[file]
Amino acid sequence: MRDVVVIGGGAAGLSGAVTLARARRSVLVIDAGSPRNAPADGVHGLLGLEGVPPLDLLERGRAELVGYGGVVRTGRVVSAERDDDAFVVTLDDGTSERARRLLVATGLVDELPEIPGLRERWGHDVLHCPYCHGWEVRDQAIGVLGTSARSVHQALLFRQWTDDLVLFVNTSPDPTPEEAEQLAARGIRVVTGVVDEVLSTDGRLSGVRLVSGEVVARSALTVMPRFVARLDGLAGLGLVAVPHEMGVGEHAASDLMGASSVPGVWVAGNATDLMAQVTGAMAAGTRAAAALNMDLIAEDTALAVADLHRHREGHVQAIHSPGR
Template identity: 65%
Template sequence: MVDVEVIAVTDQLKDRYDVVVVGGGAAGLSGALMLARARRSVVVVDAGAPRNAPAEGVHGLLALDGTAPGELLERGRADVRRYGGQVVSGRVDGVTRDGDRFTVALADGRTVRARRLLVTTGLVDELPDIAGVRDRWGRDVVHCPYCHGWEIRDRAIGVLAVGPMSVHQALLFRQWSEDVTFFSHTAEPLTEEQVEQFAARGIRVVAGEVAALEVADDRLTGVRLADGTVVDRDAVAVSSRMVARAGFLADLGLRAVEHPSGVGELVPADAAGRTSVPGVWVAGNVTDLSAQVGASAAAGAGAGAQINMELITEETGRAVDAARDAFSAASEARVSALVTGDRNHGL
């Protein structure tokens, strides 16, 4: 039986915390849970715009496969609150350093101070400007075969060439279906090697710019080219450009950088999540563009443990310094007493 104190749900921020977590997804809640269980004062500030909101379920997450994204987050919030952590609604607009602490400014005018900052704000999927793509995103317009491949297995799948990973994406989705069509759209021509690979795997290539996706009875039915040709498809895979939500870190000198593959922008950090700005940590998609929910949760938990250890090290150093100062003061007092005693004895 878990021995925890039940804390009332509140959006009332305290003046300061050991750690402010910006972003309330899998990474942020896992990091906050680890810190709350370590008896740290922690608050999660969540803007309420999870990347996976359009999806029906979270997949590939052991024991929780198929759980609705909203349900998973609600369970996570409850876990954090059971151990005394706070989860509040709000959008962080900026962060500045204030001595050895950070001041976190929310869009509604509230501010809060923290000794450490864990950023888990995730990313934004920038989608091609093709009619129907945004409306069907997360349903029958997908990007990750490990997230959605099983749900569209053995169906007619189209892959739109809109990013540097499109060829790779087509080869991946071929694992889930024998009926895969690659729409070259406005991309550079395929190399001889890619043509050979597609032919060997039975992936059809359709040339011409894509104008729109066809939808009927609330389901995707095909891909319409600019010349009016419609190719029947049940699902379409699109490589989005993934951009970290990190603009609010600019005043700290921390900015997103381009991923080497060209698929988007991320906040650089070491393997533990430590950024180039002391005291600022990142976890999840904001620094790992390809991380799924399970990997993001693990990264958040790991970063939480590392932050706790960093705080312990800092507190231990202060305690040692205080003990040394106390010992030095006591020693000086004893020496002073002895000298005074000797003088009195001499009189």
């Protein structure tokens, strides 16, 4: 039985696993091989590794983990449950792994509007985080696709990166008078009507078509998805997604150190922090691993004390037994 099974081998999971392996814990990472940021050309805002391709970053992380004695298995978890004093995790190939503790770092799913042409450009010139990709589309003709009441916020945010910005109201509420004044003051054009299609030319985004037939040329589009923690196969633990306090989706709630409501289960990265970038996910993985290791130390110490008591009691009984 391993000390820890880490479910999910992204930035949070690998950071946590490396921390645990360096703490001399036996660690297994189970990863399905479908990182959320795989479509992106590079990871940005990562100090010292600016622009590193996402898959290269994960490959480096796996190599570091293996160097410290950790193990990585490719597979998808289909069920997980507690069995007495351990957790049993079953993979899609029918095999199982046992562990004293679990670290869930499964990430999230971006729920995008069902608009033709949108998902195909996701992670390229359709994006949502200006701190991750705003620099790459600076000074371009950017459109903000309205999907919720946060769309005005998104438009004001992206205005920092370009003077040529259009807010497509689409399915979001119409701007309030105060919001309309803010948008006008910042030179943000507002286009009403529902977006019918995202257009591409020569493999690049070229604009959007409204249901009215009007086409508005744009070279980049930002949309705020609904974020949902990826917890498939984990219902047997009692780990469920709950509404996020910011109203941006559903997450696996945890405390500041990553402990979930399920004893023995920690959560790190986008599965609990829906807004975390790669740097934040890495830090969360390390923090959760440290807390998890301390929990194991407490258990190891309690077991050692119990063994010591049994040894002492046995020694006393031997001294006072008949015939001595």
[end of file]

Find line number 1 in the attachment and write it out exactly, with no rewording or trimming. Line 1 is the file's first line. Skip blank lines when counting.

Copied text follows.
Amino acid sequence: MRDVVVIGGGAAGLSGAVTLARARRSVLVIDAGSPRNAPADGVHGLLGLEGVPPLDLLERGRAELVGYGGVVRTGRVVSAERDDDAFVVTLDDGTSERARRLLVATGLVDELPEIPGLRERWGHDVLHCPYCHGWEVRDQAIGVLGTSARSVHQALLFRQWTDDLVLFVNTSPDPTPEEAEQLAARGIRVVTGVVDEVLSTDGRLSGVRLVSGEVVARSALTVMPRFVARLDGLAGLGLVAVPHEMGVGEHAASDLMGASSVPGVWVAGNATDLMAQVTGAMAAGTRAAAALNMDLIAEDTALAVADLHRHREGHVQAIHSPGR